Information Overload

June 19, 2016 at 8:35 pm | Posted in Australia, Mental Health, Politics, Psychology, Reflections, Social Responsibility, Society, Ways of Living | 8 Comments
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I just watched the first ½ of our ABC news programme and I’ve had enough.

 

information-overload

 

The avalanche of bad news, with a sprinkling of good, becomes too much. I often wonder how can we absorb so much information and remain sane.

We are constantly bombarded by information, options for belief or non-belief, decisions to make, people to assess from too little information, war-mongering and actual war, the hypocrisy of so many of our so-called leaders, the terrible conditions in which many people live, the intolerance and bigotry of religion and social attitudes, and much, much more.

We were never meant to take in so much so quickly, and so constantly.

 

brain- too many tabs

 

How are we supposed to process it all? I know many people who don’t even try. They take a slice of life and concentrate on whatever relates to that. They don’t look at anything else, even important things that may seriously affect them.

That, I believe is one of the reasons well over half of the population refrains from involvement in politics, in social welfare issues, in human rights issues, and even in potentially world-changing issues such as climate change and refugees.

They simply identify what they want to believe about an issue – something that reduces it to a slogan is the preferred option – and make that their ‘belief system’. That way, they don’t have to think through an issue – they can just chant their slogan.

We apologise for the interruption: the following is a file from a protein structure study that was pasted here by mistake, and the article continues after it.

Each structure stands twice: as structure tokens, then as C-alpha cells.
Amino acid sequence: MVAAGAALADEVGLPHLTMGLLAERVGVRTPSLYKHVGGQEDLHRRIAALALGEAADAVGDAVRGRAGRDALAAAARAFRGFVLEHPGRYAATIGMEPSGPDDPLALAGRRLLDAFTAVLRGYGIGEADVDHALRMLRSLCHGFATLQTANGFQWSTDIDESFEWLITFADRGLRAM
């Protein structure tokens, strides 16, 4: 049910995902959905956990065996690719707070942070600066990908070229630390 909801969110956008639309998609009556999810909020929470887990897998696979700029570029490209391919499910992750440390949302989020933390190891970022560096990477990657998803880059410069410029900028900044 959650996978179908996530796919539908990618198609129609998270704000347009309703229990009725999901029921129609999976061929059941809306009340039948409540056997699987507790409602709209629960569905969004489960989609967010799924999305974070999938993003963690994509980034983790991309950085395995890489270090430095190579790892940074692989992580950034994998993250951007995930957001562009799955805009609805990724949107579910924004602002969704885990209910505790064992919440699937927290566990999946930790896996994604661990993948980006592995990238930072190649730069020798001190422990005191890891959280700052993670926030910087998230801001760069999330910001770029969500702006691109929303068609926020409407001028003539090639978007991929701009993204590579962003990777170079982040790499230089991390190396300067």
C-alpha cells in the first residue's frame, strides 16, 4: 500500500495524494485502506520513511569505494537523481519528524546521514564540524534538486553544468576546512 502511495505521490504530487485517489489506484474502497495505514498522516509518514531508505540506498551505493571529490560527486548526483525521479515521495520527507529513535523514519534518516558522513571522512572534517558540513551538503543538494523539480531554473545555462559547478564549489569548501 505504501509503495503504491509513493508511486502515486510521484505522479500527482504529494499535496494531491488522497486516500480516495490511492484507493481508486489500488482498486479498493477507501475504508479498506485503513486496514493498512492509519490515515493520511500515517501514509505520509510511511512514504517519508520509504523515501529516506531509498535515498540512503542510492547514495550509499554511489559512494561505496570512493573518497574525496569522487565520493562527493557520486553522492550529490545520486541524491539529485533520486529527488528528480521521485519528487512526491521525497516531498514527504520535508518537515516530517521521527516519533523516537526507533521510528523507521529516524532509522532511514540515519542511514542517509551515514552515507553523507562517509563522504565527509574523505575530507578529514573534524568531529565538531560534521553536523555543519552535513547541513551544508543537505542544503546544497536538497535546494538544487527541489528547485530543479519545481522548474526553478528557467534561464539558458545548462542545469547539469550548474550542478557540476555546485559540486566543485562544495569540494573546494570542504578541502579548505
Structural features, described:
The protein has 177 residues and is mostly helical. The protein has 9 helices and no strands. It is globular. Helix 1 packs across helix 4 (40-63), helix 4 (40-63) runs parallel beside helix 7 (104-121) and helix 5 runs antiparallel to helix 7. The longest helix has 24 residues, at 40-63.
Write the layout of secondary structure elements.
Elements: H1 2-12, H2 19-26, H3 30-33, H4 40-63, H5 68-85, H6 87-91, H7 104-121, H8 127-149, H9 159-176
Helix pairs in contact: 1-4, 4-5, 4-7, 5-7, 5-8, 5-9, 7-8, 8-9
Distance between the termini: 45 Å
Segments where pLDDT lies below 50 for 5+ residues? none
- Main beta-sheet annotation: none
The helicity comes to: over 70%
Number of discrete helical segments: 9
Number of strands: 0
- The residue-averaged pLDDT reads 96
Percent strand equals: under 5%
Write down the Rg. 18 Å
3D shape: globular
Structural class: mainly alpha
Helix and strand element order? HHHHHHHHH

They are the people who blindly follow autocrats who seem like they know what they’re talking about, or at least make a lot of noise about it. If they did take the time and the effort to open their minds and think about what that person is really preaching, they would turn away in an instant.

But they don’t, and that is how (almost always) men become dictators, leading their countries into totalitarianism, a complete regulation of life and destroying whatever freedom there may once have been.

I could point the finger now at several countries around the world where this is happening, but those of you reading this are probably thinkers (non-thinkers are too lazy to bother) and you will already know to whom I refer.

And isn’t that always the problem? We are all talking to those who already agree with what we are saying. There are so few who honestly consider at least a few sides of the problems we face (there are always more than two).

I read somewhere that human brains are wired primarily in two ways. Just under half – about 45% will lean towards conservatism and control; 45% will lean towards liberalism and freedom. Only about 10% will actually be fully open-minded and therefore consider issues on their merits.

 

Comparison -liberal or conservative

 

Several studies have been done on the differences between the brains of Republicans and Democrats. This one is interesting, and others show similar results. More study is needed of course, but if the differences could be taken into account and issues presented in different ways, there may be some small change.

But it will always be a battle, I think, to get general agreement on many issues.